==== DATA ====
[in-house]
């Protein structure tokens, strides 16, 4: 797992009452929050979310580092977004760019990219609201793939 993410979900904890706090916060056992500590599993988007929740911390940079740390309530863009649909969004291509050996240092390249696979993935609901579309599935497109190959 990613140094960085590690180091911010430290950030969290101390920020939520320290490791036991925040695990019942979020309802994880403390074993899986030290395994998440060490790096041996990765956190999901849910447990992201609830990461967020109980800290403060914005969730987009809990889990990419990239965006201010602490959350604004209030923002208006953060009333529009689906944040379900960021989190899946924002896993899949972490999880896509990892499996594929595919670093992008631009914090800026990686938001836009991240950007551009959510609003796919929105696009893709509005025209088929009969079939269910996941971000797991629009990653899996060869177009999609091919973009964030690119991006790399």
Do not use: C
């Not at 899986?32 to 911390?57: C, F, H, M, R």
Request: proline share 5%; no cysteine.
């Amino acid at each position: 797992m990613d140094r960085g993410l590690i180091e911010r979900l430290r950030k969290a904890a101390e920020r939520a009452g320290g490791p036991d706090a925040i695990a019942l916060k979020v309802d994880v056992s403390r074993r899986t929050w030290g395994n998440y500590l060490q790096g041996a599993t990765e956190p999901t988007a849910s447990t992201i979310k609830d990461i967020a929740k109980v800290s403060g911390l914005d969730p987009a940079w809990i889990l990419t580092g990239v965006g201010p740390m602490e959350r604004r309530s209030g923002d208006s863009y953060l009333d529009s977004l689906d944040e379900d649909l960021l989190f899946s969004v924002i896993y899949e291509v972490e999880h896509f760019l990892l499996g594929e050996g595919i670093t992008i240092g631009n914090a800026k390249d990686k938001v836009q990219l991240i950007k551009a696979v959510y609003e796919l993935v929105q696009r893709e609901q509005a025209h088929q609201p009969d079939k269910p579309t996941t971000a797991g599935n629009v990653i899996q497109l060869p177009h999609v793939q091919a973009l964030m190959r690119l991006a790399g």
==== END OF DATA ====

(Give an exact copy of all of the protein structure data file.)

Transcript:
[in-house]
């Protein structure tokens, strides 16, 4: 797992009452929050979310580092977004760019990219609201793939 993410979900904890706090916060056992500590599993988007929740911390940079740390309530863009649909969004291509050996240092390249696979993935609901579309599935497109190959 990613140094960085590690180091911010430290950030969290101390920020939520320290490791036991925040695990019942979020309802994880403390074993899986030290395994998440060490790096041996990765956190999901849910447990992201609830990461967020109980800290403060914005969730987009809990889990990419990239965006201010602490959350604004209030923002208006953060009333529009689906944040379900960021989190899946924002896993899949972490999880896509990892499996594929595919670093992008631009914090800026990686938001836009991240950007551009959510609003796919929105696009893709509005025209088929009969079939269910996941971000797991629009990653899996060869177009999609091919973009964030690119991006790399």
Do not use: C
């Not at 899986?32 to 911390?57: C, F, H, M, R």
Request: proline share 5%; no cysteine.
């Amino acid at each position: 797992m990613d140094r960085g993410l590690i180091e911010r979900l430290r950030k969290a904890a101390e920020r939520a009452g320290g490791p036991d706090a925040i695990a019942l916060k979020v309802d994880v056992s403390r074993r899986t929050w030290g395994n998440y500590l060490q790096g041996a599993t990765e956190p999901t988007a849910s447990t992201i979310k609830d990461i967020a929740k109980v800290s403060g911390l914005d969730p987009a940079w809990i889990l990419t580092g990239v965006g201010p740390m602490e959350r604004r309530s209030g923002d208006s863009y953060l009333d529009s977004l689906d944040e379900d649909l960021l989190f899946s969004v924002i896993y899949e291509v972490e999880h896509f760019l990892l499996g594929e050996g595919i670093t992008i240092g631009n914090a800026k390249d990686k938001v836009q990219l991240i950007k551009a696979v959510y609003e796919l993935v929105q696009r893709e609901q509005a025209h088929q609201p009969d079939k269910p579309t996941t971000a797991g599935n629009v990653i899996q497109l060869p177009h999609v793939q091919a973009l964030m190959r690119l991006a790399g």